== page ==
E - Yeah, I tried their beans once...wasn't all that happy. This here is a mixture of Dunkin Donuts Original Blend, Biff's Columbian Supremo - they're an outfit in Arkansas, but you can buy them here in town at United, and some good Okie Cain's. We got this machine that grinds the beans, cooks it up and keeps it warm for us.

At this point he offered me his sacred thermos, which I hesitantly but graciously declined, citing some obscure nonsensical reason having to do with the half drunk cup of packaged cocoa I was still working on and my desire to remain coffee free for the duration of our daughter's surgery.

Having written all this down now, in hindsight, I should have scrambled to get a new cup and taken up Edgar on his offer -- for a lot more reasons that my desire to just have a good cup of coffee.

After a few more stanzas of lively conversation, we found out that Edgar had a full time gig at the local Air Force Base, was owner and operator of an heat and air business, and ran about 50 head of cows on his property.

He seemed a little tickled when I asked him how he managed to wear all those hats and still find time to watch American Idol (another tidbit of trivial revealed during his 2nd cupful).

Edgar took another satisfying sip of his special blend, sighed and said, "Long as what goes in comes out, I figure there's not much else I should be frettin' about."

And no, I never did find out what Edgar and his wife were there at the surgery center for. I turned down a cup of the man's coffee -- I wasn't about to ask him what they were in for.

Thursday, May 24, 2007

Displaced distal both-bone fracture

I was packing up C's softball equipment after our final practice before our first game of the season, when I heard her little voice calling out from near 2nd base...
Daddy, I think I broke my arm!
PK, you didn't break your ar...oh crap, you did break your arm.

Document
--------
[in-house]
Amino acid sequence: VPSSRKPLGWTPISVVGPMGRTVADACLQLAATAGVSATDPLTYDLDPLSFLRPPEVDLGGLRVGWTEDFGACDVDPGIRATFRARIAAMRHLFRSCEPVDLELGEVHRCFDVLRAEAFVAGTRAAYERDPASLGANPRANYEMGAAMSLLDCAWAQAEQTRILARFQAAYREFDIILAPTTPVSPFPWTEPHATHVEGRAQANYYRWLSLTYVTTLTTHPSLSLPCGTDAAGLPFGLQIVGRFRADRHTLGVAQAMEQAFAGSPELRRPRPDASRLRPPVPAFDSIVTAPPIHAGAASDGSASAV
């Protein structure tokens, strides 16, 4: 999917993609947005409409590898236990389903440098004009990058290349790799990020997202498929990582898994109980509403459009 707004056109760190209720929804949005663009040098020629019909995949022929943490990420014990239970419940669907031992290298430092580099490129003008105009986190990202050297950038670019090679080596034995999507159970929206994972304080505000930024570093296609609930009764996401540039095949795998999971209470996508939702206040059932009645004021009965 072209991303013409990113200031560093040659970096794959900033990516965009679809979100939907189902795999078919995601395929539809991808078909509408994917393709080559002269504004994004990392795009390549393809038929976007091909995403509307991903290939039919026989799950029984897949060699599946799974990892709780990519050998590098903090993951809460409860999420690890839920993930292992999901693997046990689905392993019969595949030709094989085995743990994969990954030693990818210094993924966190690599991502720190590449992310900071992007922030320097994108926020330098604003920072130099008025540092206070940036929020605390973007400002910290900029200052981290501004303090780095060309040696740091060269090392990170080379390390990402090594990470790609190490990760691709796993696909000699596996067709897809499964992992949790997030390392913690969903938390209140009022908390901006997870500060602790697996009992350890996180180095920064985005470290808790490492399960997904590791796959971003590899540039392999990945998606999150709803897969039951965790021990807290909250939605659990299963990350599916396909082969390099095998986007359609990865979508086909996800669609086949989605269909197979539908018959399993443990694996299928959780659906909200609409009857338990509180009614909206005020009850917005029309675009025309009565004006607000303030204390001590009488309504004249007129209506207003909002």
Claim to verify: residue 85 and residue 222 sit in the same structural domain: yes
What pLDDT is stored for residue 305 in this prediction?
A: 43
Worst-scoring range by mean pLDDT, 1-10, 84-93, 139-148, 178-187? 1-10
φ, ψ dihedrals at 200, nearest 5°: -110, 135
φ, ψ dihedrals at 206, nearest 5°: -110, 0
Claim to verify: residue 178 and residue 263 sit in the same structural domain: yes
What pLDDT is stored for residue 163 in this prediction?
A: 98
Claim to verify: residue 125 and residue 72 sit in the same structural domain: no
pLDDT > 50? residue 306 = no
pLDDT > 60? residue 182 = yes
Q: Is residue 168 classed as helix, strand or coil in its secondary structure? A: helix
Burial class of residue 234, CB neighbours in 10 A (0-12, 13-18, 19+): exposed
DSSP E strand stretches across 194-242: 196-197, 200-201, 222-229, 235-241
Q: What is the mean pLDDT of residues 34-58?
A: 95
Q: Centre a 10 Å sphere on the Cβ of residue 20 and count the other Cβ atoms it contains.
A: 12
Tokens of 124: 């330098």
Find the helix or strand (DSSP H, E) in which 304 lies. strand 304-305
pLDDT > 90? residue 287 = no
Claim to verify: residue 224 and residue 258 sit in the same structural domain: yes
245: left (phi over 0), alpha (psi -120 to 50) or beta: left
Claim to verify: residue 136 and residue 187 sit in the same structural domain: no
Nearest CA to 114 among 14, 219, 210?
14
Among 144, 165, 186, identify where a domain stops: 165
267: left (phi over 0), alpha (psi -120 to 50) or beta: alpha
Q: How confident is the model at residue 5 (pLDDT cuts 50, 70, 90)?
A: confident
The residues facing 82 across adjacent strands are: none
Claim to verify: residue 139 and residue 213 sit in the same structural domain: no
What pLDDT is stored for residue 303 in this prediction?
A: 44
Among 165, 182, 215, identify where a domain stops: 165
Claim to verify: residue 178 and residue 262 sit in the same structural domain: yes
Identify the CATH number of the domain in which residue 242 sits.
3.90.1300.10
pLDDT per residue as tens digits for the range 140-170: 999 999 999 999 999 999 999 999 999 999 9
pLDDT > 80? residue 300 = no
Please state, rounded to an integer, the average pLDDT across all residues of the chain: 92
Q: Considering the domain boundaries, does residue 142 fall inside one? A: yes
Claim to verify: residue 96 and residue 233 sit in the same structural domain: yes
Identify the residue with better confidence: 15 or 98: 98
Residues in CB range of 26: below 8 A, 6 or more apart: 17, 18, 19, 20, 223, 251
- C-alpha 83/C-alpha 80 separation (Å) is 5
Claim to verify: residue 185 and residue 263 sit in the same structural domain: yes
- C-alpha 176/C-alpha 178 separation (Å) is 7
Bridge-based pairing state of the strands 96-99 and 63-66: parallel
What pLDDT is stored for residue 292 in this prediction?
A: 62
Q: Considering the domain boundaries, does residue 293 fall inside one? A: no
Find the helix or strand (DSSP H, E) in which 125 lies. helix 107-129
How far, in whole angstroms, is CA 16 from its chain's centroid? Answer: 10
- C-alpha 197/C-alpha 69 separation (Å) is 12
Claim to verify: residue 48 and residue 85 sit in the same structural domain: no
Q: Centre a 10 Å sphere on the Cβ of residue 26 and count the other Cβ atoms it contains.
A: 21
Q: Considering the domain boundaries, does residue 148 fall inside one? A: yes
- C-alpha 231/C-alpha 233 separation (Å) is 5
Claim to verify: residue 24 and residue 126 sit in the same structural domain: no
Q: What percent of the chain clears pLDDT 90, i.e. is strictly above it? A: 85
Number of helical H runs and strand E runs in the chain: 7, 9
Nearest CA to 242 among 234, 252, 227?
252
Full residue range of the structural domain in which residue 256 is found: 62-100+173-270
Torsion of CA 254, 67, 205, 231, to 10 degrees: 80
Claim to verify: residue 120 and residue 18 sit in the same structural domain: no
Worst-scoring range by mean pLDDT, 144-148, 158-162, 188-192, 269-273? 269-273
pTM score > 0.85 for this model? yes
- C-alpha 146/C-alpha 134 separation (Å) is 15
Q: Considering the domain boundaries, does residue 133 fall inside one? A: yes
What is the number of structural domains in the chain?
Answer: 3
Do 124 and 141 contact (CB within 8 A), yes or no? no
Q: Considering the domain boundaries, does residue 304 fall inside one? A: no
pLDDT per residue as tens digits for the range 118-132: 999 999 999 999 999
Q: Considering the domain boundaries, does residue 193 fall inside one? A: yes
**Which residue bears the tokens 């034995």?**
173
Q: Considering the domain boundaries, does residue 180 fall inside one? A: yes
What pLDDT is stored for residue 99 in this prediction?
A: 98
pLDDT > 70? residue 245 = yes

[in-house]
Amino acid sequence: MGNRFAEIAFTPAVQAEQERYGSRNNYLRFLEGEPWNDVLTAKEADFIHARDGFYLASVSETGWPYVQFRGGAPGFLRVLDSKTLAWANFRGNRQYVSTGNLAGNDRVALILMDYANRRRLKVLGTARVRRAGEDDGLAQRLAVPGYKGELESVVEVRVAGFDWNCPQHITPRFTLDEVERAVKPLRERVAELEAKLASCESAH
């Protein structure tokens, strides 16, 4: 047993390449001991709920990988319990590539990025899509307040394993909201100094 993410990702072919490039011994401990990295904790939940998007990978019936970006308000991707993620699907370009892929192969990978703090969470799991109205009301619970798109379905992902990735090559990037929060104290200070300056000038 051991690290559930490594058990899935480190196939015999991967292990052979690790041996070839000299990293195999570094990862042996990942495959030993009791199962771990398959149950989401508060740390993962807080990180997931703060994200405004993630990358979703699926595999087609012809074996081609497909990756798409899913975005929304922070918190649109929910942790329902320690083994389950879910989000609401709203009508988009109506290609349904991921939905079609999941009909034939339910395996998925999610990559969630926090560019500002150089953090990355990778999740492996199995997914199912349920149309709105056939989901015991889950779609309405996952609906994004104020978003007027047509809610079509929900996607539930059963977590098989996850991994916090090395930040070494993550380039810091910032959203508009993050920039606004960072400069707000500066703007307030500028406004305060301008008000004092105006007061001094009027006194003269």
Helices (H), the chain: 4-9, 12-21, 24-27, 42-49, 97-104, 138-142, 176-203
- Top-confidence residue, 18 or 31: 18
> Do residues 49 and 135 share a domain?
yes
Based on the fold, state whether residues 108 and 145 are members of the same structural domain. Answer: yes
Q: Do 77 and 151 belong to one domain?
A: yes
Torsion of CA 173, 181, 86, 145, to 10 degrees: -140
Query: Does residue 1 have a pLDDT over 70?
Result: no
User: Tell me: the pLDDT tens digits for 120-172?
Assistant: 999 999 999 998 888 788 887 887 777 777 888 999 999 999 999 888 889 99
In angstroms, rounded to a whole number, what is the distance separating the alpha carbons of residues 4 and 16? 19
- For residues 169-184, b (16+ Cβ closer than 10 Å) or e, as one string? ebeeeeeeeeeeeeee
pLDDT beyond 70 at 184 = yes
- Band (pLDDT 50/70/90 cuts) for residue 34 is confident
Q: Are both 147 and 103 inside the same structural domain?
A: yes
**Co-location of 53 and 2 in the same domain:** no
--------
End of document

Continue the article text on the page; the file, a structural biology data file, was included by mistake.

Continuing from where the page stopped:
5 minutes later we were sitting in the emergency room registration window.

7 minutes later they had given her a morphine shot in her little bottom and she was feeling just fine.

20 minutes later we had this to look and cringe at...

To paraphrase the last two and a half days...Wearing a splint and arm sling home from emergency, unflavored hydrocodone syrup, search for a pediatric orthopedic surgeon in OKC that wasn't on vacation or totally overbooked, call made by our family doctor to a Ped Ortho specialist he was buds with, got an appointment that same afternoon, surgery this morning, resting comfortably on the couch eating freshly made cotton candy and watching her Cars DVD for the umpteenth time, hot pink cast ready for signatures.I know it was an accident and I know these things happen to kids all the time, and I know that even had I been watching her spin around on the grassy field that she may have tripped and fell and broke her arm...

But it happened to my little girl, on my watch -- and that makes it pretty hard to take.

My 4-year old is ready for the onslaught of queries and questions aimed toward her new brightly colored appendage. She's even made up a poem to help her field questions from the press and other concerned parties...I was spinning around,
on the ground.
Then I got dizzy;
and fell down.

Wednesday, May 23, 2007

Leaving me in the dust

Contrary to what some people may perceive me to be, I am not a speed freak.

I've gotten exactly two excessive speed violation tickets in my life - the first as a silly teenager, the second as a Father-to-be-running-late-to-lamaze-class.

Never been popped for illegal street racing ("Race on the track you goobers, not on the street"), exhibition of speed (burnouts cost tires and tires cost money), or reckless operation of a motor vehicle (although there was that one time as a newly licensed teen when I took my beloved Nova up a curb and through the 16' tall chain link fence of the high school soccer field, but the cop on the scene didn't ticket me out of sympathy. Sorry about dumping our lunch on the ground, J.L.)

For a car guy who likes cars that can, will, and do go fast, my "Family Guy" status has rendered me perfectly content to bench race -- that would be internally calculating the 1/4 mile traps, top speed, and 0 - 60 times based on vehicle weight, rear-wheel horsepower, torque, converter stall speed, and rear end gearing (among other factors), without having to place myself or the general public in danger.

Beside, wringing a car out will probably only verify two things -- the accuracy (or not) of my calculations and my utter lack of high speed driving skills...heck I still have a hard time parallel parking every now and then.

While on paper and in theory, my desire to "keep it real" on Oklahoma's highways and byways is all law and order, in practice this philosophy recently found me at the very end of the "school bus-Soccer Mom-SUV & minivan" caravan for my 1st grader's class field trip.

My V-scar was itching wildly as SUV after minivan passed me by on the divided highway. I was doing near 70 (65 was the speed limit) yet not one of the parent ferrying vehicles who were accompanying the caravan of school buses, hesitated to blow by me as if I were a retired C.P.A. in an early-80's Chrysler K-car.